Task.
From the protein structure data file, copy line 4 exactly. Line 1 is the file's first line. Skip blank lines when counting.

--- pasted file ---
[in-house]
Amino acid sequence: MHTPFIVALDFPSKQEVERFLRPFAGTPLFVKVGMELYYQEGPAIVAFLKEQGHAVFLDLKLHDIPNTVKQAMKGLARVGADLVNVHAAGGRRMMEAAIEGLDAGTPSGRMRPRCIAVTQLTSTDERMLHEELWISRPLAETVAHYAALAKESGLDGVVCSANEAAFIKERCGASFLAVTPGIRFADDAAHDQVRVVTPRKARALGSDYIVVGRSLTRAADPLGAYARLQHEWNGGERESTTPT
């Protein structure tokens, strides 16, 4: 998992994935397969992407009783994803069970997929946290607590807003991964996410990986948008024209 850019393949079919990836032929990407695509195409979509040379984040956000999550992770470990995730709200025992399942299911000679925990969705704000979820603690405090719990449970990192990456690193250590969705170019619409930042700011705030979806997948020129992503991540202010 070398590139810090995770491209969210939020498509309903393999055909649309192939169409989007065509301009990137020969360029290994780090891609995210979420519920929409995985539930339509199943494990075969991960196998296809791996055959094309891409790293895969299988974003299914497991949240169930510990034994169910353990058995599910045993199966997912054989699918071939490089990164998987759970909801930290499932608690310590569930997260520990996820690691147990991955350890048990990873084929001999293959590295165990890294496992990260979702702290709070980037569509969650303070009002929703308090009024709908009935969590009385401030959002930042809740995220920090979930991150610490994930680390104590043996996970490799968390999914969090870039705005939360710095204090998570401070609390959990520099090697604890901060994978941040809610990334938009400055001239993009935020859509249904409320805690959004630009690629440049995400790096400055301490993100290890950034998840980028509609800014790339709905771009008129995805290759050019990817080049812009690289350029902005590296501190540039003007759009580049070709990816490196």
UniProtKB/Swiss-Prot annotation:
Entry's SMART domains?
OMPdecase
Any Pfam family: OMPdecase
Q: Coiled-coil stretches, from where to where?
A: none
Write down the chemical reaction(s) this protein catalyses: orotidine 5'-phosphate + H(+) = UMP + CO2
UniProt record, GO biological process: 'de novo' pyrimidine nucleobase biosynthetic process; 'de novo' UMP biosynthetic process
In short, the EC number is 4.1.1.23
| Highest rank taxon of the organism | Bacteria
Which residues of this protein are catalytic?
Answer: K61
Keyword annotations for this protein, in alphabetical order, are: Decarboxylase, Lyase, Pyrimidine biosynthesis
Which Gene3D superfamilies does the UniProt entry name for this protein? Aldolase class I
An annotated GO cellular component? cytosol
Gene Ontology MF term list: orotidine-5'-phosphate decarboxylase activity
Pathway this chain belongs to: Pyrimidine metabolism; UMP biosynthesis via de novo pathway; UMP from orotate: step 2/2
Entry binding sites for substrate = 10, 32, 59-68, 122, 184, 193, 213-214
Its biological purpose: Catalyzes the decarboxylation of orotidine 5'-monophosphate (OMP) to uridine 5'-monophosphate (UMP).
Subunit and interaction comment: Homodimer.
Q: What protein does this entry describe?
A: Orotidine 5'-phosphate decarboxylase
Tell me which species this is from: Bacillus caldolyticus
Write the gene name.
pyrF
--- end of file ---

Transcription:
UniProtKB/Swiss-Prot annotation: